Throne Watches isn’t really a watch brand, nor are they specifically a strap brand. Rather, they are a brand that hand makes leather straps, and puts them on fun and inexpensive watches. Their straps, which they make themselves in Williamsburg, Brooklyn, have a DIY quality that adds a surprising amount of character to the otherwise generic watches.
From Timex to HMT to Mickey Mouse watches with ticking hands, their collection is broad to say the least. Each watch is basically a found piece, which sort of describes their whole aesthetic, that is presented as a one-off or small series. They take the watch, determine what color leather and accent stitch would compliment it best, and then make a custom strap. Their site then updates a couple of times a week with their new creations, which seem to sell out rather fast.
The straps have a unique design to them that speaks to their handmade nature. All are made from Horween leather of varying styles, and are straight cut with out edge finishing. The leather is folded over in a very matter of fact way to create slots for spring bars, which is glued in place and tacked off with a signature “x” stitch. The rough edges, heavy stitching and coarsely cut tips create a strap that is altogether the opposite of the pristinely crafted straps we typically see. But in being so unrefined, they have a rugged quality that exudes personality.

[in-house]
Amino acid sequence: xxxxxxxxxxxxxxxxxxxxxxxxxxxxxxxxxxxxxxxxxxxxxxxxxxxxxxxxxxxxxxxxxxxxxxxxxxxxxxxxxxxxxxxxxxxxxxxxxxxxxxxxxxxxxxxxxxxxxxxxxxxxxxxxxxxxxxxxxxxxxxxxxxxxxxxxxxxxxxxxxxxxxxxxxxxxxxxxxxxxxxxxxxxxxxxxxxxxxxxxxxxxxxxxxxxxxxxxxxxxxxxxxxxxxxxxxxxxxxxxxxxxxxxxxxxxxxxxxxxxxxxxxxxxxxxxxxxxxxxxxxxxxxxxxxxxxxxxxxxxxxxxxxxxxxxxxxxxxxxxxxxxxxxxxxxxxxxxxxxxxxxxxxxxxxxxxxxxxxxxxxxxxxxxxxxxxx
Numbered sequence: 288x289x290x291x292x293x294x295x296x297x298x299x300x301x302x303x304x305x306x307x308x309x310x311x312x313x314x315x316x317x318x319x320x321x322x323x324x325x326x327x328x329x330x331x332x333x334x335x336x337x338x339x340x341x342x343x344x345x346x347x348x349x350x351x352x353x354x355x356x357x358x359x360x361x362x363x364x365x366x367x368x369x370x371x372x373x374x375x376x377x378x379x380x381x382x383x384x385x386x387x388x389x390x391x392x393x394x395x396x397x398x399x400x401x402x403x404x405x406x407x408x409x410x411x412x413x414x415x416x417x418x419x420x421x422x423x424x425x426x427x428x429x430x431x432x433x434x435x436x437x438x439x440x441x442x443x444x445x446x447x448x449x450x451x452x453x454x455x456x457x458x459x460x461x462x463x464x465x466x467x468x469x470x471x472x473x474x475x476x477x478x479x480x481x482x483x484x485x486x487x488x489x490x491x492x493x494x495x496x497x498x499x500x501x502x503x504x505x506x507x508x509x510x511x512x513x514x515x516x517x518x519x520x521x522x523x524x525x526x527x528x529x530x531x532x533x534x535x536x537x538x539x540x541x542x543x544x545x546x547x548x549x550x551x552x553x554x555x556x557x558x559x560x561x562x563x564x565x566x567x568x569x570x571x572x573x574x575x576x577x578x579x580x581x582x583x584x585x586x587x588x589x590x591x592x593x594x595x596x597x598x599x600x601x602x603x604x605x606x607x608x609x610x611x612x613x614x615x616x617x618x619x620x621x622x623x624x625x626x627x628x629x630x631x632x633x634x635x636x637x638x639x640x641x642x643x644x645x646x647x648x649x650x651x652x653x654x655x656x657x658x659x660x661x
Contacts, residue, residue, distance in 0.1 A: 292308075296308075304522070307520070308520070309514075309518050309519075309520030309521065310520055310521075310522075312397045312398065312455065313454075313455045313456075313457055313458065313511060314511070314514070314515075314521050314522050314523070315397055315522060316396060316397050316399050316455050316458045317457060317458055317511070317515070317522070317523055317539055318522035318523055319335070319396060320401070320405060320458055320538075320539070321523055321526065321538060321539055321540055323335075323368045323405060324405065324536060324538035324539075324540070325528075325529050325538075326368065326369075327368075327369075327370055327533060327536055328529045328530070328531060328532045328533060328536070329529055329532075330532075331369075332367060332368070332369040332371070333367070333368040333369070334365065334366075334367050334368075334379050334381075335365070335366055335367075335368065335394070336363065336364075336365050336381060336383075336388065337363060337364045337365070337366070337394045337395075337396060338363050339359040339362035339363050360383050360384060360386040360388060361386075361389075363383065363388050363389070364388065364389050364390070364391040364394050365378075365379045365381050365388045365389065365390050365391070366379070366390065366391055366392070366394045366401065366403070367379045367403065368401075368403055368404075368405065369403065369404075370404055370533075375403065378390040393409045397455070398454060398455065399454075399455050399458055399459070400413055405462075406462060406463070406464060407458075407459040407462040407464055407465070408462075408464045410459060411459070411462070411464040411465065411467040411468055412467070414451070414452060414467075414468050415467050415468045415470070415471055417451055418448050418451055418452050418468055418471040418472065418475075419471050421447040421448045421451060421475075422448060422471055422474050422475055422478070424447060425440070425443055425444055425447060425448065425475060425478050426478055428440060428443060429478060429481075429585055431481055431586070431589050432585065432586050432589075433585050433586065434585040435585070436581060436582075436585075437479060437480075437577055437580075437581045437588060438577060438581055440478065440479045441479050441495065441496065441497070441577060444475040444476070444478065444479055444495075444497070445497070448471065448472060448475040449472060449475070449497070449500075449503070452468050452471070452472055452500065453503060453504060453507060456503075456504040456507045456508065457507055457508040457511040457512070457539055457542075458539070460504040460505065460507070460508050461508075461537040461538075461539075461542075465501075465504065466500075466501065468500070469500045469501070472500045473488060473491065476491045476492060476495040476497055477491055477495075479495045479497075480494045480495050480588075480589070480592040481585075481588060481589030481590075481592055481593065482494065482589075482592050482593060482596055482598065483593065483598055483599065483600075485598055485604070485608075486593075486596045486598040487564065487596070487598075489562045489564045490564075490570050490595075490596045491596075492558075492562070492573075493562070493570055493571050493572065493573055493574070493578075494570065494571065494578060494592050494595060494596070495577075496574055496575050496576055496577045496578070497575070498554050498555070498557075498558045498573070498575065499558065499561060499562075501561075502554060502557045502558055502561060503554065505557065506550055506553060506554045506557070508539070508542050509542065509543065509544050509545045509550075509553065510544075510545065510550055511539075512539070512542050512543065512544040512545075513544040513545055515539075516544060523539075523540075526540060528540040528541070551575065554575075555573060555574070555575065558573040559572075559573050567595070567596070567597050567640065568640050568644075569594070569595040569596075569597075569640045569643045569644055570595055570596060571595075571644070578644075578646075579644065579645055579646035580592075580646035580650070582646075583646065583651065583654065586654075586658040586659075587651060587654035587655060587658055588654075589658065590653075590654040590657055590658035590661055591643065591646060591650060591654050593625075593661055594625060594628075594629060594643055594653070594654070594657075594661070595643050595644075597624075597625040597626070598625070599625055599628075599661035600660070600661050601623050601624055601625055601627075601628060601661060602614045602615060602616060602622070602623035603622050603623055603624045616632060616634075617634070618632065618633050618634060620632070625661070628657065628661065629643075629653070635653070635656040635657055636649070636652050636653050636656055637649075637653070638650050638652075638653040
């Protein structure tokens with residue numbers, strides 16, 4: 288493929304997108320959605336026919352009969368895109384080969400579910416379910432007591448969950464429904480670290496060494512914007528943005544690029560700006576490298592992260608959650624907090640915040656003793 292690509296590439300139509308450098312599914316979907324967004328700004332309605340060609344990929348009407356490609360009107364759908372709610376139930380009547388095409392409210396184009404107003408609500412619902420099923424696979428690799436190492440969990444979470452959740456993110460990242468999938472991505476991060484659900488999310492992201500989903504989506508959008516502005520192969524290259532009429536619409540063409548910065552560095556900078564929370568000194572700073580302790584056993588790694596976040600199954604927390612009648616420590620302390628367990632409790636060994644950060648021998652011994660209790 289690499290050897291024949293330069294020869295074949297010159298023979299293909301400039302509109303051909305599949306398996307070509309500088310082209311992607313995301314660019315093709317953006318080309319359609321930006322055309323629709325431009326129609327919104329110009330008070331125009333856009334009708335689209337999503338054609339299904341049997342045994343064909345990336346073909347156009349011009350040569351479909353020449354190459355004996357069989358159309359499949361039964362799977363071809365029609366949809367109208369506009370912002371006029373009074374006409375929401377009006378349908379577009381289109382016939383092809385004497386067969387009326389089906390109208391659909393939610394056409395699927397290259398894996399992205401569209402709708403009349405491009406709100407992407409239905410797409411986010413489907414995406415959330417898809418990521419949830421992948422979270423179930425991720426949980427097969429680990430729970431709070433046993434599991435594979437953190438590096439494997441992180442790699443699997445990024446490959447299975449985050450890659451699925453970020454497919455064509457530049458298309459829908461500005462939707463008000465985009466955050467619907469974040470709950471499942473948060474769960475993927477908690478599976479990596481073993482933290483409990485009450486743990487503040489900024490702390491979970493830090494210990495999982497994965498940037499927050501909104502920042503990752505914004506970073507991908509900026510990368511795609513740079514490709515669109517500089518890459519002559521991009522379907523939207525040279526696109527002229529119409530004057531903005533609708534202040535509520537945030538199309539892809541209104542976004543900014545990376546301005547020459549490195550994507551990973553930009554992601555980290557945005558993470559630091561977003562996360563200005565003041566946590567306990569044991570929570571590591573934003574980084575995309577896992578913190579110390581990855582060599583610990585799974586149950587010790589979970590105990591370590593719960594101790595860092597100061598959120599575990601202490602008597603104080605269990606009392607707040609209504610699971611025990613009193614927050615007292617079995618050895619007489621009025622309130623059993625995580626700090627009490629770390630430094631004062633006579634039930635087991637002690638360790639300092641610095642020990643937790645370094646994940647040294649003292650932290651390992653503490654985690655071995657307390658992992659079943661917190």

I had the pleasure of visiting their studio in Williamsburg a few weeks ago, where I got to see how they do what they do. Their modest workspace consisted of everything they needed to get the job done, from large cutting mats to box cutters, to polish cloths, shipping boxes, etc. Around them was a smattering of posters, DVDs, and other trinkets that, like the watches themselves, speak to flea markets and an eclectic taste.
Clearly this is a big departure from the kinds of brands and watches we normally talk about on w&w, but I couldn’t help but find the idea of taking watches that are often passed over and forgotten about, dressing them up, and selling them as unique pieces to be sort of charming. Having spent some time wearing an HMT pilot fitted with a Throne strap, the appeal is clear. The strap is the focal point, and the watch accessorizes it, but together they make a subtle and stylish pair. Though unlikely to dissuade a watch-nerd from their normal wrist wear, I do think these make for an interesting purchase for average consumers, who are clearly their target market. That said, at $100 – $200, they cost much more than the watches they feature typically would, as the straps add most of the value.